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Lecture

Chap 1 Notes - Intro to Biology.docx

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Department
Biology
Course
BIOL 1010
Professor
Brent Sellinger
Semester
Fall

Description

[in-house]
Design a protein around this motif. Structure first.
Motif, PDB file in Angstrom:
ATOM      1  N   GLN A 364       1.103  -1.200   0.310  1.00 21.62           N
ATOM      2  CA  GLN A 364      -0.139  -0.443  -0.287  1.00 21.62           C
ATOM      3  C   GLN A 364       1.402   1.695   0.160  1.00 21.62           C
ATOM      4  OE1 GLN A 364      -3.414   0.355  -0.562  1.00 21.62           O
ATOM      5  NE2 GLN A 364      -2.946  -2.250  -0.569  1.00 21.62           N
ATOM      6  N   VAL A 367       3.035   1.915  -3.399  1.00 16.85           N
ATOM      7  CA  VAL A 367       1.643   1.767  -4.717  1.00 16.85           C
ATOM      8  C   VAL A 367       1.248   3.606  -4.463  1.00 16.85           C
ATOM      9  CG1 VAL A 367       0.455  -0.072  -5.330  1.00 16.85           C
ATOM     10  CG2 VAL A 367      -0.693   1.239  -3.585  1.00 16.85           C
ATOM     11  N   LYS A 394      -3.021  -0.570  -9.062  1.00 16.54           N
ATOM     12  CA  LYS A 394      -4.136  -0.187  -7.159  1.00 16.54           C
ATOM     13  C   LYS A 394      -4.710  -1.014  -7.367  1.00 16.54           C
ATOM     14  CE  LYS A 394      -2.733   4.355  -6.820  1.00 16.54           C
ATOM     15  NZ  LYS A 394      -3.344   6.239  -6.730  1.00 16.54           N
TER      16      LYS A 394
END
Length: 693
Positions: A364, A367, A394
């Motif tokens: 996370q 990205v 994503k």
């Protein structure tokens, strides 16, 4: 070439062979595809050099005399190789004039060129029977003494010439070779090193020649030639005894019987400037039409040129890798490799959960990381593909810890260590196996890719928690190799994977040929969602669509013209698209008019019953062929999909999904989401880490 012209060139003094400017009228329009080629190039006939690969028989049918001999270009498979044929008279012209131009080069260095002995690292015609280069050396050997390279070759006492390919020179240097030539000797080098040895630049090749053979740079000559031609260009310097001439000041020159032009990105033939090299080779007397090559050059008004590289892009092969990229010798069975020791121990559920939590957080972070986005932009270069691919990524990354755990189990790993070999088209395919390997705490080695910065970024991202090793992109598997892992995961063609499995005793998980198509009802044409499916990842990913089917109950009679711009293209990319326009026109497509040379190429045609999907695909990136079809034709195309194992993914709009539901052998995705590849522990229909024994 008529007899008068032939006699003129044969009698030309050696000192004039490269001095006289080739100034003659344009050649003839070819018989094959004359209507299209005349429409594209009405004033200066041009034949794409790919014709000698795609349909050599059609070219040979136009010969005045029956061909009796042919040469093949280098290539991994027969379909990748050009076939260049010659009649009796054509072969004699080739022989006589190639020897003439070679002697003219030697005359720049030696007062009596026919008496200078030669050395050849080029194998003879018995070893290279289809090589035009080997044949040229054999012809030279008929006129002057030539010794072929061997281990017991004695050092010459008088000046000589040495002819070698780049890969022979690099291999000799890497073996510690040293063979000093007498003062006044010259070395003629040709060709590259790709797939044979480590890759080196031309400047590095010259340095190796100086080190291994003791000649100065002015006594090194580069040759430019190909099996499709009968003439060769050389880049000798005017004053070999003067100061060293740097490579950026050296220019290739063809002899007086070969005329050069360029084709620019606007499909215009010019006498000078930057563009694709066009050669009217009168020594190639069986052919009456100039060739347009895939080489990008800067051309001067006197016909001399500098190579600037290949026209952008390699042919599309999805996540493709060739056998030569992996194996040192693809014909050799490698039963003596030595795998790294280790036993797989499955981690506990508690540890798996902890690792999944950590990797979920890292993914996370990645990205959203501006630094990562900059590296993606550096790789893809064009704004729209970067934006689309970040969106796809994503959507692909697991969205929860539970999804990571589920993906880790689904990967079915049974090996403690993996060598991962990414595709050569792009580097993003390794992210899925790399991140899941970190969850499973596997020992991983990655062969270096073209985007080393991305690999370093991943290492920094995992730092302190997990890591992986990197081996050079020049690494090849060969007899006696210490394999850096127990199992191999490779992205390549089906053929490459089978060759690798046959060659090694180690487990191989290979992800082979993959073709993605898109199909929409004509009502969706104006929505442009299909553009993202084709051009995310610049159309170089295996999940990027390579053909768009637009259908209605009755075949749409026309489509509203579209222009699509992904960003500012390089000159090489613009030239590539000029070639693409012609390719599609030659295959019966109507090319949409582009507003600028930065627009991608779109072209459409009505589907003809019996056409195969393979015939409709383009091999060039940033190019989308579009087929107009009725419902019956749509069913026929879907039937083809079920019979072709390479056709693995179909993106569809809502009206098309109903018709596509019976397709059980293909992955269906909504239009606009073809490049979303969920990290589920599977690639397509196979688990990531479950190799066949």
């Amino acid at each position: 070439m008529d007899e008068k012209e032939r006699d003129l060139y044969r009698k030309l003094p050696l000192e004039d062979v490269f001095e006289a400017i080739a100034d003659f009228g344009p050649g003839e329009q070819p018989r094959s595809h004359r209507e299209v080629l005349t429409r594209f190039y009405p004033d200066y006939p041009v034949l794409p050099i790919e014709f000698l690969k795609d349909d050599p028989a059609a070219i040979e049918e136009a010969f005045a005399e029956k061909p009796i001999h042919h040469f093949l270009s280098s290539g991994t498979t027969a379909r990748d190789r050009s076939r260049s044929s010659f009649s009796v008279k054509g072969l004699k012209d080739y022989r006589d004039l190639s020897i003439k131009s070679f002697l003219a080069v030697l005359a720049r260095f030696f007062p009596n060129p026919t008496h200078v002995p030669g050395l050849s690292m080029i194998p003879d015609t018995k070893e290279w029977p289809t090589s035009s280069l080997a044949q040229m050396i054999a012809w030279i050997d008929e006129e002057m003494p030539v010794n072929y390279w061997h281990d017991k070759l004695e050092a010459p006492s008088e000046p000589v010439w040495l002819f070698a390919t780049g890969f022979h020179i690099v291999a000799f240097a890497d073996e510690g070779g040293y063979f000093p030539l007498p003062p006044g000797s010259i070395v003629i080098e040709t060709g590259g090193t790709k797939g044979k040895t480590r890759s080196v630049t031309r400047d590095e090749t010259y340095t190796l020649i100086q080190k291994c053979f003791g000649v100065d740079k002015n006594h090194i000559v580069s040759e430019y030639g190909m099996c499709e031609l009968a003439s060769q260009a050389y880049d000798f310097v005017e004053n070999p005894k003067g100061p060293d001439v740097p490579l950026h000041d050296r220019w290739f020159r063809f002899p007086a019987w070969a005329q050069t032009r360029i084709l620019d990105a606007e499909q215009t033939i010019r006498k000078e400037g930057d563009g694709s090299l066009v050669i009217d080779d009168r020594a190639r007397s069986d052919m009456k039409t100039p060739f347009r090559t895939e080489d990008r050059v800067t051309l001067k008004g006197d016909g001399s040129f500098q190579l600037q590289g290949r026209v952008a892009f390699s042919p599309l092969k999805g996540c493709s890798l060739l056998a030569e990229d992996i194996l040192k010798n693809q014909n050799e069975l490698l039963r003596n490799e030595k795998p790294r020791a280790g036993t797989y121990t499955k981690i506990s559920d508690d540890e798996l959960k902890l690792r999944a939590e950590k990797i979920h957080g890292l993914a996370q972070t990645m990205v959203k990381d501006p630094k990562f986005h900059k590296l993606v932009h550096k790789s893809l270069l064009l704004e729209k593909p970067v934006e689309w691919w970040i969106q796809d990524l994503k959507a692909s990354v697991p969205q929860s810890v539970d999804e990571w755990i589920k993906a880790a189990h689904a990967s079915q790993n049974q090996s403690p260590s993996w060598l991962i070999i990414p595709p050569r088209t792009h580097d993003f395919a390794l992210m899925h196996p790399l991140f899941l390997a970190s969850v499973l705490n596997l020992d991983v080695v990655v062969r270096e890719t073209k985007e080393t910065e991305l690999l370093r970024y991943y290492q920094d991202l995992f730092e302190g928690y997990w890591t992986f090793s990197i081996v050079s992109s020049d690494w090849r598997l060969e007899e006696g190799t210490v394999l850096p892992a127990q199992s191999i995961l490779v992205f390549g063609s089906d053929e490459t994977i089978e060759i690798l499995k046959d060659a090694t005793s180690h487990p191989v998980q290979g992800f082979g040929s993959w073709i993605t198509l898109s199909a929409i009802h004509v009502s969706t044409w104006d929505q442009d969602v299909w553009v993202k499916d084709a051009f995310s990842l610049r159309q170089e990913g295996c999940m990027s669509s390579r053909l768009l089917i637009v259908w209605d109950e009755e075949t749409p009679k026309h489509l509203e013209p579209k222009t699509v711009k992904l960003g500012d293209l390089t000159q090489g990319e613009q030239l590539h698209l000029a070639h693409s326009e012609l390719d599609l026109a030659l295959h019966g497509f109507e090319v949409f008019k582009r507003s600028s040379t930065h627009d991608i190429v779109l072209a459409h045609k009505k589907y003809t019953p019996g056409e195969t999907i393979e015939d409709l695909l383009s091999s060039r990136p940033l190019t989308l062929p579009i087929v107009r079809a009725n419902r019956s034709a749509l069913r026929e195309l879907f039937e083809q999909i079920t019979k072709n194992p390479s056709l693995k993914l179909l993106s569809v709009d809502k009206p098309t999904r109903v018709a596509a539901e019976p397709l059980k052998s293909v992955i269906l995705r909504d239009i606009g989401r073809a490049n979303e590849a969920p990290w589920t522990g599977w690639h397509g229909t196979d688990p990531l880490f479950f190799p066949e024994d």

CHAPTER 1 - INTRODUCTION - THEMES IN BIOLOGY What is Biology? • The study of life. • Amultidisciplinary science that can be unified by some fundamental themes. Theme 1 – New properties emerge at each level in the biological hierarchy Biological organization is based upon a hierarchy of structural levels; each level has emergent properties. Level Examples Atoms Complex biological molecules Subcellular organelles Cells Tissues Organs Organ systems Complex organism The hierarchy extends beyond the individual organism (Fig 1.4) Population localized group of organisms belonging to the same species Community populations of species living in the same area Ecosystem an energy processing system of community interactions that includes abiotic environmental factors (e.g., soil, water) Biomes major ecosystem types classified by predominant vegetation and distinctive combinations of plants and animal Biosphere sum of the earth's ecosystems 2 New properties emerge as you step up the biological hierarchy. These properties were absent from the lower levels and are a reflection of the interactions between the components contributing to the make up of each organizational level (“The whole is much greater than the sum of its parts.”). These properties are called emergent properties (Fig 1.3). Scientists studying life often use a combination of two approaches to tackle the complexity of life. Holism = the principle that a higher level of order cannot be explained by examining the component parts in isolation. Systems biology attempts to address the complexity of living things by modeling the dynamic behavior of whole biological systems through the study of interactions among the system parts. Reductionism = The principle that a complex system can be understood by studying the component parts. Theme 2 - Organisms interact with each other and their environment • Organisms are open systems that continually interact with their environments (biotic and abiotic components). • Both organisms and environment are affected by the interactions between them. Theme 3 - Life requires energy transfer and transformation • All living things must perform work, which requires energy – they use energy to carry out life’s activities • Living systems often transform energy from one form to another • Ecosystem dynamics include two major processes: nutrient cycling and energy flow. (Figure 1.5) • Energy flows from sunlight to producers to consumers Theme 4 – Structure and Function are correlated at all levels of biological organization • Form fits function • Knowing structure gives insights into how it functions and vice versa Theme 5 – Cells are the basic unit of structure and function for all life on Earth • The title of this course is “The Cellular Basis of Life” • Recall the Hierarchy of Biological Organization – In this hierarchy, life exists at the cellular level and the levels above in the hierarchy 2 Reece et al. 9 Edition Chapter 1 Important developments and individuals in the discovery of the cellular basis of life • Invention of the light microscope in the 17th century made the study of cells possible. • Robert Hooke (1665) - Coined the term cell. • Anton van Leeuwenhoek - used a microscope (300 x) to observe blood cells, sperm cells and living cells found in pond water. Reported the discovery of protozoa (1674) and bacteria (1683). • Schleiden (botanist - 1838) and Schwann (zoologist -1839) are credited with the development of the cell theory: 1. cells are the universal building blocks of all forms of life. 2. all living cells are formed by the division of existing cells Common features of all cells • enclosed in membranes • all cells use DNA as their genetic information. Two major types of cells distinguished on the basis of structural organization Prokaryotic (before nucleus) cell Eukaryotic (true nucleus) cell • Domains: Bacteria &Archaea ▯ Domain: Eukarya • Kingdoms:… ▯ Kingdoms: Protista, Plantae, Fungi,Animalia • no membrane bound nucleus ▯ membrane bound nucleus • no membrane bound organelles ▯ membrane bound organelles • least complex ▯ most complex • generally smaller than eukaryotic cells ▯ generally larger than prokaryotic cells Theme 6 – The continuity of life is based on heritable information in the form of DNA • Order requires information and the cellular information for living systems is deoxyribonucleic acid (DNA; Figure 1.11) Nucleotide - Gene - Genome - The genetic code is nearly universal 3 4 Gene expression - Genomics - Bioinformatics - Theme 7 – Feedback mechanisms regulate biological systems • Regulatory mechanisms ensure a dynamic balance in living systems. • Cells are complex entities with many chemical processes occurring simultaneously. • Order is maintained by regulatory processes that control when, where, and how fast certain reactions occur in the cell. Many of the processes are self-regulating • Negative feedback – output or end product slows the process (Figure 1.13) • Positive feedback – output or end product accelerates the process (Figure 1.13) Theme 8 - The Core Theme - Evolution • Evolution is the one unifying biological theme - species change over time. • Evolutionary theory provides a plausible explanation for the diversity of life on earth as well as the similarity (i.e., unity) of all life on earth. Diversity of Life • >1.8 million species have been identified. • Despite this great number of species all these organisms are related. Organisms are grouped into categories on the basis of similarities. Taxonomy is the branch of biology concerned with the naming and classification of organis
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